Marketplace Morning Report
Start your day with an up-to-the-minute report on the world of business and finance with host David Brancaccio.
Airing on Monday, March 9, 2015: Today, the biggest credit reporting companies will announce changes on how they collect, check and report on the bill paying habits of 200 million Americans. Changes are focused on how they handle errors on the all-important reports and how those reports track unpaid medical bills. We have more on this emerging story. Plus, privacy advocates are concerned about a cyber security bill drafted by the Senate Intelligence Committee. The committee wants to make it easier for companies to share information on potential cyber attacks with the government. Critics counter that ‘sharing’ will make it easier for the government to spy on its own citizens. We explore. Plus, as Marketplace heads South to Austin, TX for SXSW, reporter Adriene Hill joins us to talk about SXSWedu, a festival and conference where education meets innovation.
Airing on Friday, March 6, 2015: In just a couple hours, the Labor Department will release new numbers on unemployment, including the unemployment rate, and how many jobs the U.S. economy added last month. There is a tendency to focus on the headline numbers. But a new report from the Economic Policy Institute reminds us it's important to dig deeper. And in the United Kingdom, law enforcement has been focusing on cyber crime. It's National Crime Agency arrested dozens of suspected hackers this week. Plus, now that McDonalds is promising us antibiotic free chicken, who else will join this movement and how is this potential trend going to affect the supply chain from farm to table and ultimately the price for the consumer.
Airing on Thursday, March 5, 2015: Later today, the Federal Reserve will release the first round of results of the latest round of "stress tests" the Fed's performed on 31 of the world's biggest banks. They're part of the Dodd-Frank Act congress passed after the financial crisis. More on how those tests work. And at the beginning of the financial crisis, the Bank of England held a series of auctions designed to encourage lending. Well now, there are allegations those auctions were rigged. And this morning, we've learned there is a fraud investigation into how the UK's central bank and traders may have behaved. Plus, with U.S. fourth quarter productivity numbers out today, an explainer on the relationship between an improving labor market and productivity.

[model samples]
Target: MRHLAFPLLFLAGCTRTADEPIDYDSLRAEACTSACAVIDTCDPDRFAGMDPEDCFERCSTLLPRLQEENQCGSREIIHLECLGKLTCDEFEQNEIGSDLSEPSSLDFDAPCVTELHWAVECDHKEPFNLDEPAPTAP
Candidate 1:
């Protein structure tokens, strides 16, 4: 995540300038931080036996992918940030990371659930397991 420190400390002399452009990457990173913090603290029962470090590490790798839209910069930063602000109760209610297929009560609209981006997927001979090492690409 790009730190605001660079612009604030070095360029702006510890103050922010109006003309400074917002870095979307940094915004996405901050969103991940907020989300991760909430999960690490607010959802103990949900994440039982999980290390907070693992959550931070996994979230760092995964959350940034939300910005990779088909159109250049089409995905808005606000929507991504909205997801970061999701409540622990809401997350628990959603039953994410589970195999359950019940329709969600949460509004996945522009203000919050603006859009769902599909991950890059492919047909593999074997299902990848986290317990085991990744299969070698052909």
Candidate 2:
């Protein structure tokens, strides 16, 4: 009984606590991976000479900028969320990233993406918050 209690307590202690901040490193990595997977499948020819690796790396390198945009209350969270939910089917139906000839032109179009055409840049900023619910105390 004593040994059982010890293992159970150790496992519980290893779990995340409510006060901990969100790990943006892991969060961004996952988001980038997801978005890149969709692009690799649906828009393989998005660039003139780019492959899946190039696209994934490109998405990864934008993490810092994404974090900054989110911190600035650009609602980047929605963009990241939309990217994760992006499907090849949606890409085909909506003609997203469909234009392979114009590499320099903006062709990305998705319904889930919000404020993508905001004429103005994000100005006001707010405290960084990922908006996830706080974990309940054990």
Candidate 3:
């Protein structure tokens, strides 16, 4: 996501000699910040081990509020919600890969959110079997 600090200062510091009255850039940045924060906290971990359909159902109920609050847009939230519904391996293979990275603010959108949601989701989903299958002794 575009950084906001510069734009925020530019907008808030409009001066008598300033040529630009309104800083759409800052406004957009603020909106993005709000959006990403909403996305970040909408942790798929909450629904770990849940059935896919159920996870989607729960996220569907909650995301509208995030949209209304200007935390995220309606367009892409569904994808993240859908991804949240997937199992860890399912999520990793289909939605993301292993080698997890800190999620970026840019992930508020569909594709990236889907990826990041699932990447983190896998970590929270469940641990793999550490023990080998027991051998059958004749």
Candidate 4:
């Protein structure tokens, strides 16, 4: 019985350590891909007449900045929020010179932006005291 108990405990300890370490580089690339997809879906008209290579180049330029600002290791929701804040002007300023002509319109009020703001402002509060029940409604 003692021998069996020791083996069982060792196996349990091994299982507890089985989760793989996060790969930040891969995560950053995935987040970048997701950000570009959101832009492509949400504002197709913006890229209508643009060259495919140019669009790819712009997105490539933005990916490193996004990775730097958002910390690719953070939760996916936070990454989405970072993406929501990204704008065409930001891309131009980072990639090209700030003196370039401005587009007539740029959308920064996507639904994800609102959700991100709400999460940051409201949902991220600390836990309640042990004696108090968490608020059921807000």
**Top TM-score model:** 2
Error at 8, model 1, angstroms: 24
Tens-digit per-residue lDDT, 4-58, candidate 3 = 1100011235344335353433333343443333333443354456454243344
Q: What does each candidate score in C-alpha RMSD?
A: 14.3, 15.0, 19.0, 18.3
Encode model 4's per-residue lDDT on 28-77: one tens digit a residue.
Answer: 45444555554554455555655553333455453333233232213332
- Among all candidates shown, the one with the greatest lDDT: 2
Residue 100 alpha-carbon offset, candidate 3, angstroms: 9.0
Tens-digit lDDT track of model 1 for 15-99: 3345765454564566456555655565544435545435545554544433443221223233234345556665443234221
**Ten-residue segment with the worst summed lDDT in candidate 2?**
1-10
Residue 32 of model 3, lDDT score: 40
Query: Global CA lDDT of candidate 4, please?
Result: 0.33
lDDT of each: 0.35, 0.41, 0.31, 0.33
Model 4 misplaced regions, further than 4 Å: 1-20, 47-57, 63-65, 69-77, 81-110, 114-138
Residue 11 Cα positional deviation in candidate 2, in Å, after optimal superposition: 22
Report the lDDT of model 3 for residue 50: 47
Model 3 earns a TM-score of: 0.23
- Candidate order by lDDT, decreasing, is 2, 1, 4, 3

Airing on Wednesday, March 4, 2015: The Reserve Bank of India made a surprise announcement this morning: For the second time in two months, India's central bank cut a key interest rate. More on that. Plus, Ukraine’s central bank is raising its interest rate from 19.5 percent to 30 percent. The hike comes as the government is seeking a $17.5 billion assistance program from the International Monetary Fund. Inflation is rampant and the national currency has tumbled since Russia annexed Ukraine's southern Crimea peninsula and pro-Russian separatists took up arms in the country's east. We look at the reasons behind the hike in the interest rate. We'll also talk about FEMA's partnership with the popular food chain, the Waffle House in the southeastern U.S. during emergencies to measure the impact of disasters.
Airing on Tuesday, March 3, 2015: In a speech before Congress today, Israeli Prime Minister Benjamin Netanyahu — in Washington at the request of Congressional Republicans — will denounce the push for a diplomatic resolution to a nuclear weapons agreement with Iran. At a time of strained political relationships between the U.S. and Israel, we take stock of the business relationship between the two. Plus, there's a new report out today from the European Union on climate change and the environment. The good news is progress on reducing pollution has been significant. The bad news? Progress has also been insufficient. We'll also take a look at the upcoming case going before the Supreme Court that challenges tax credit as outlined in the Affordable Care Act.
Airing on Monday, March 2, 2015: For the second time in three months, China's central bank has cut some key interest rates. Chinese policy makers have been worried about slowdowns in growth, especially in the real estate and manufacturing sectors. More on that. Plus, Netflix’s original programming doesn't carry advertising — a big attraction for viewers. But its business model does include product placement within shows like “House of Cards.” And a Twin Cities housing advocacy group reports that even though Minnesota’s unemployment rate is now 3.7 percent, another measure of the economy is still rotten: "nearly 4,000 children and youth had been identified as homeless across several larger school districts, the highest number to date since data collection began for this report.”